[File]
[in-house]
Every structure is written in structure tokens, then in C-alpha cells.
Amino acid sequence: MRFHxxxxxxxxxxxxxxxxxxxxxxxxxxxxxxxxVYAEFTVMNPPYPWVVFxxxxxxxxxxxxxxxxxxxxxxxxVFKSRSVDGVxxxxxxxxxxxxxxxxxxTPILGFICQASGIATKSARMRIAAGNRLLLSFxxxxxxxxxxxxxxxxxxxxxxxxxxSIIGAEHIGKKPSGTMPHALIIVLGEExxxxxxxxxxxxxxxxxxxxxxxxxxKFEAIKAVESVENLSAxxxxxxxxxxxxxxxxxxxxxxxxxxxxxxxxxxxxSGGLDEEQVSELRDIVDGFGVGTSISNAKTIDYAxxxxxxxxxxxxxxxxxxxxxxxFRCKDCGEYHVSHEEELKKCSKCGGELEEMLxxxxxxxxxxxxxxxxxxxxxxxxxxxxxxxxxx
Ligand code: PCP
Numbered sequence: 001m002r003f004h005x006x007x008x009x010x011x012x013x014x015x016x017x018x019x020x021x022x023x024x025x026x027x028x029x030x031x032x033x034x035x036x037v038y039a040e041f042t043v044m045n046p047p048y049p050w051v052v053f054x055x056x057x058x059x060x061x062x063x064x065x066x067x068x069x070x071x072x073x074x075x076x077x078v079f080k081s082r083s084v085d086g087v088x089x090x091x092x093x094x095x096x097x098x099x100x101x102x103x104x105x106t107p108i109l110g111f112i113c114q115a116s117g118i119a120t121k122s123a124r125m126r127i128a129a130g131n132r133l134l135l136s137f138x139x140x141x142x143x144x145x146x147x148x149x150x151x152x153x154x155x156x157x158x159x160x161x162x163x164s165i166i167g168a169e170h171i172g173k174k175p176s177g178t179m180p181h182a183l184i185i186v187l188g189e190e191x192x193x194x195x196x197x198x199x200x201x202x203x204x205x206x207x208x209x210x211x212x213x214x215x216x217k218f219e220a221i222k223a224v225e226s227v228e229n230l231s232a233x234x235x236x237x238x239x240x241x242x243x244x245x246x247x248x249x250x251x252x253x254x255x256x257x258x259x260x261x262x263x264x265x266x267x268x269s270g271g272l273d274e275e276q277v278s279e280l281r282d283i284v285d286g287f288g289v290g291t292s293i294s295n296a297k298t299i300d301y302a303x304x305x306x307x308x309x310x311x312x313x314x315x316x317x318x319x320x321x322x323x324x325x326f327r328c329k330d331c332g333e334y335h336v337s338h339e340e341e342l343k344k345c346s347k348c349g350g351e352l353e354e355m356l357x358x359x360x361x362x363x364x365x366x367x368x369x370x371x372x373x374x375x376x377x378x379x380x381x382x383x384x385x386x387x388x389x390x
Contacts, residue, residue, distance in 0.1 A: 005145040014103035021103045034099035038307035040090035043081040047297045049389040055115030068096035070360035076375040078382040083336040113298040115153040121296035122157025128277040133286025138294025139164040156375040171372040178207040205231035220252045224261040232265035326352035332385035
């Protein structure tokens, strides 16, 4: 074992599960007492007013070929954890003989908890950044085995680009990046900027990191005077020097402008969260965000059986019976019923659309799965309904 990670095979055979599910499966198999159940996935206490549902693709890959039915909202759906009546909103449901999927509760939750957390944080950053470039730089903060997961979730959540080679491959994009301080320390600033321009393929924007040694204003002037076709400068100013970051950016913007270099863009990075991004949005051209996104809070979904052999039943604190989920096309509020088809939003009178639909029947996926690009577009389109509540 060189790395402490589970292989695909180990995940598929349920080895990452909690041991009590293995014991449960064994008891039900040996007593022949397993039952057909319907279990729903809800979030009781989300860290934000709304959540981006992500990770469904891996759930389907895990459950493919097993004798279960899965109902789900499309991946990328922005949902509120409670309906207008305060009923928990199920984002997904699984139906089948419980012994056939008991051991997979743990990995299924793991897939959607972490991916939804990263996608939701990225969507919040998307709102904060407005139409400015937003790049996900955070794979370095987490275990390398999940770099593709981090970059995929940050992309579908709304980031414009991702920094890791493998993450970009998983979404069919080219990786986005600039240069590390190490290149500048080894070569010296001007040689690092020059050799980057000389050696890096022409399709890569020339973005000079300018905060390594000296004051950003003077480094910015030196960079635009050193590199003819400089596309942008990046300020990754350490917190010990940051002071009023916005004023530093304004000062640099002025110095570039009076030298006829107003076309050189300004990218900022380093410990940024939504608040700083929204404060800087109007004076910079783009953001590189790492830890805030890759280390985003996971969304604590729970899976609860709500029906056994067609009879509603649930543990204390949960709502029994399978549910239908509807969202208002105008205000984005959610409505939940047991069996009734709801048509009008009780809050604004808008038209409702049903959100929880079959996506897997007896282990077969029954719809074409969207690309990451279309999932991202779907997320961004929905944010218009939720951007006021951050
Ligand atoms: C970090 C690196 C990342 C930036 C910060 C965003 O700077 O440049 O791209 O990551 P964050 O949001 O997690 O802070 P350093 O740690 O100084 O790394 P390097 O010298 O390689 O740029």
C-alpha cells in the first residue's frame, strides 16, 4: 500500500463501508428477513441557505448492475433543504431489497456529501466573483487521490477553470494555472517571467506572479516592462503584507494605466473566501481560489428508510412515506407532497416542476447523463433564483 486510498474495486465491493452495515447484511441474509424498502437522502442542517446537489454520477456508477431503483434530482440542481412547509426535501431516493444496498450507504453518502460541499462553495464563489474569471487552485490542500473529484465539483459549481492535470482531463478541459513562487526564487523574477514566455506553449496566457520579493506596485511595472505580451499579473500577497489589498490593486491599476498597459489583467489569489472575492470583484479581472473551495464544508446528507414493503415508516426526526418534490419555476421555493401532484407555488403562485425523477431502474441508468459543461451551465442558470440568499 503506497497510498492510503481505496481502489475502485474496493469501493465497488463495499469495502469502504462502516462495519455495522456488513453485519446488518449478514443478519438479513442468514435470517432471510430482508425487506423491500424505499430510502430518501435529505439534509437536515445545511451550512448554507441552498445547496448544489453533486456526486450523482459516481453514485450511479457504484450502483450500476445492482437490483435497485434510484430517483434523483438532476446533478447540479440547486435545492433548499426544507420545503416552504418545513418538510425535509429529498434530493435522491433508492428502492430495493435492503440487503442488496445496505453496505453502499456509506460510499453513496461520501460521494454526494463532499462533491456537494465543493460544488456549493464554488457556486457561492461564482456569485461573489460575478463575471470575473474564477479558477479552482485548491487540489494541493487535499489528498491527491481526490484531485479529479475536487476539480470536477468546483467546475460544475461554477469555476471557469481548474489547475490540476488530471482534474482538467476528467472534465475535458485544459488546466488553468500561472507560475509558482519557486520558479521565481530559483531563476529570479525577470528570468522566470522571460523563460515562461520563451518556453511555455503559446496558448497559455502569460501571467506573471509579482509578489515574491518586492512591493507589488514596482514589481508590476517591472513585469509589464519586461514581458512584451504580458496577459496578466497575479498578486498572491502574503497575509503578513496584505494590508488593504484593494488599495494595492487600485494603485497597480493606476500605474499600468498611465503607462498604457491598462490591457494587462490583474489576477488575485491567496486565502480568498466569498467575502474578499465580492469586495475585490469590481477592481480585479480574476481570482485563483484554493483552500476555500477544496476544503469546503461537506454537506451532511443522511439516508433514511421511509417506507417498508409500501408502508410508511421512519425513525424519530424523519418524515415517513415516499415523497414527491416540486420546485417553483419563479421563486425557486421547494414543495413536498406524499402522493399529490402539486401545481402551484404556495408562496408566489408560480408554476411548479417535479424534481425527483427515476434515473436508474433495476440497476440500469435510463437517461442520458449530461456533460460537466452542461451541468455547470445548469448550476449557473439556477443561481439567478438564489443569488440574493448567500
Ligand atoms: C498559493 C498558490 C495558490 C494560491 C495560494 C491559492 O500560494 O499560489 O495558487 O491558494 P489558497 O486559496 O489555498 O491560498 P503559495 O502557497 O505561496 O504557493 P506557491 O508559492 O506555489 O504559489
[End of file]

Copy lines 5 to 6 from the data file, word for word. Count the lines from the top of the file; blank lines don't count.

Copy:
Numbered sequence: 001m002r003f004h005x006x007x008x009x010x011x012x013x014x015x016x017x018x019x020x021x022x023x024x025x026x027x028x029x030x031x032x033x034x035x036x037v038y039a040e041f042t043v044m045n046p047p048y049p050w051v052v053f054x055x056x057x058x059x060x061x062x063x064x065x066x067x068x069x070x071x072x073x074x075x076x077x078v079f080k081s082r083s084v085d086g087v088x089x090x091x092x093x094x095x096x097x098x099x100x101x102x103x104x105x106t107p108i109l110g111f112i113c114q115a116s117g118i119a120t121k122s123a124r125m126r127i128a129a130g131n132r133l134l135l136s137f138x139x140x141x142x143x144x145x146x147x148x149x150x151x152x153x154x155x156x157x158x159x160x161x162x163x164s165i166i167g168a169e170h171i172g173k174k175p176s177g178t179m180p181h182a183l184i185i186v187l188g189e190e191x192x193x194x195x196x197x198x199x200x201x202x203x204x205x206x207x208x209x210x211x212x213x214x215x216x217k218f219e220a221i222k223a224v225e226s227v228e229n230l231s232a233x234x235x236x237x238x239x240x241x242x243x244x245x246x247x248x249x250x251x252x253x254x255x256x257x258x259x260x261x262x263x264x265x266x267x268x269s270g271g272l273d274e275e276q277v278s279e280l281r282d283i284v285d286g287f288g289v290g291t292s293i294s295n296a297k298t299i300d301y302a303x304x305x306x307x308x309x310x311x312x313x314x315x316x317x318x319x320x321x322x323x324x325x326f327r328c329k330d331c332g333e334y335h336v337s338h339e340e341e342l343k344k345c346s347k348c349g350g351e352l353e354e355m356l357x358x359x360x361x362x363x364x365x366x367x368x369x370x371x372x373x374x375x376x377x378x379x380x381x382x383x384x385x386x387x388x389x390x
Contacts, residue, residue, distance in 0.1 A: 005145040014103035021103045034099035038307035040090035043081040047297045049389040055115030068096035070360035076375040078382040083336040113298040115153040121296035122157025128277040133286025138294025139164040156375040171372040178207040205231035220252045224261040232265035326352035332385035